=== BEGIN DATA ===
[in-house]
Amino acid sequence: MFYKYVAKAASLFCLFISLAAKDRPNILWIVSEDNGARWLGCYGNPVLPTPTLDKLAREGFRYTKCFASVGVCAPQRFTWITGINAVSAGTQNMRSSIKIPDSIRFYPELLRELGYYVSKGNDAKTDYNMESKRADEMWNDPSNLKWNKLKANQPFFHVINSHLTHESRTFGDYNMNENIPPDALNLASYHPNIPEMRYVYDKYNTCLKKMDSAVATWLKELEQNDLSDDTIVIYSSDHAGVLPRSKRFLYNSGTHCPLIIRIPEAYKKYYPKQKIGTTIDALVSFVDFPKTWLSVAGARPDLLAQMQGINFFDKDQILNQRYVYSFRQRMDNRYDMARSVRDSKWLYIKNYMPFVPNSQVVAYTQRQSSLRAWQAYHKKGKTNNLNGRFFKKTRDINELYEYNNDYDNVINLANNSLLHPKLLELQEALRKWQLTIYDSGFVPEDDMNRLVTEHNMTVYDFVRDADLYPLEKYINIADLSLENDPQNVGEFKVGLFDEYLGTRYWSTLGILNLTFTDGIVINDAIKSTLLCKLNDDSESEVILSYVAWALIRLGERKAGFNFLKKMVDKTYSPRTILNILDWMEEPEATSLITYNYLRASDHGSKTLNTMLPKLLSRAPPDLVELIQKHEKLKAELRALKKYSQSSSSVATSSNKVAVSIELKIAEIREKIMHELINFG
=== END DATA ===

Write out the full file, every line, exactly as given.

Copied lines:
[in-house]
Amino acid sequence: MFYKYVAKAASLFCLFISLAAKDRPNILWIVSEDNGARWLGCYGNPVLPTPTLDKLAREGFRYTKCFASVGVCAPQRFTWITGINAVSAGTQNMRSSIKIPDSIRFYPELLRELGYYVSKGNDAKTDYNMESKRADEMWNDPSNLKWNKLKANQPFFHVINSHLTHESRTFGDYNMNENIPPDALNLASYHPNIPEMRYVYDKYNTCLKKMDSAVATWLKELEQNDLSDDTIVIYSSDHAGVLPRSKRFLYNSGTHCPLIIRIPEAYKKYYPKQKIGTTIDALVSFVDFPKTWLSVAGARPDLLAQMQGINFFDKDQILNQRYVYSFRQRMDNRYDMARSVRDSKWLYIKNYMPFVPNSQVVAYTQRQSSLRAWQAYHKKGKTNNLNGRFFKKTRDINELYEYNNDYDNVINLANNSLLHPKLLELQEALRKWQLTIYDSGFVPEDDMNRLVTEHNMTVYDFVRDADLYPLEKYINIADLSLENDPQNVGEFKVGLFDEYLGTRYWSTLGILNLTFTDGIVINDAIKSTLLCKLNDDSESEVILSYVAWALIRLGERKAGFNFLKKMVDKTYSPRTILNILDWMEEPEATSLITYNYLRASDHGSKTLNTMLPKLLSRAPPDLVELIQKHEKLKAELRALKKYSQSSSSVATSSNKVAVSIELKIAEIREKIMHELINFG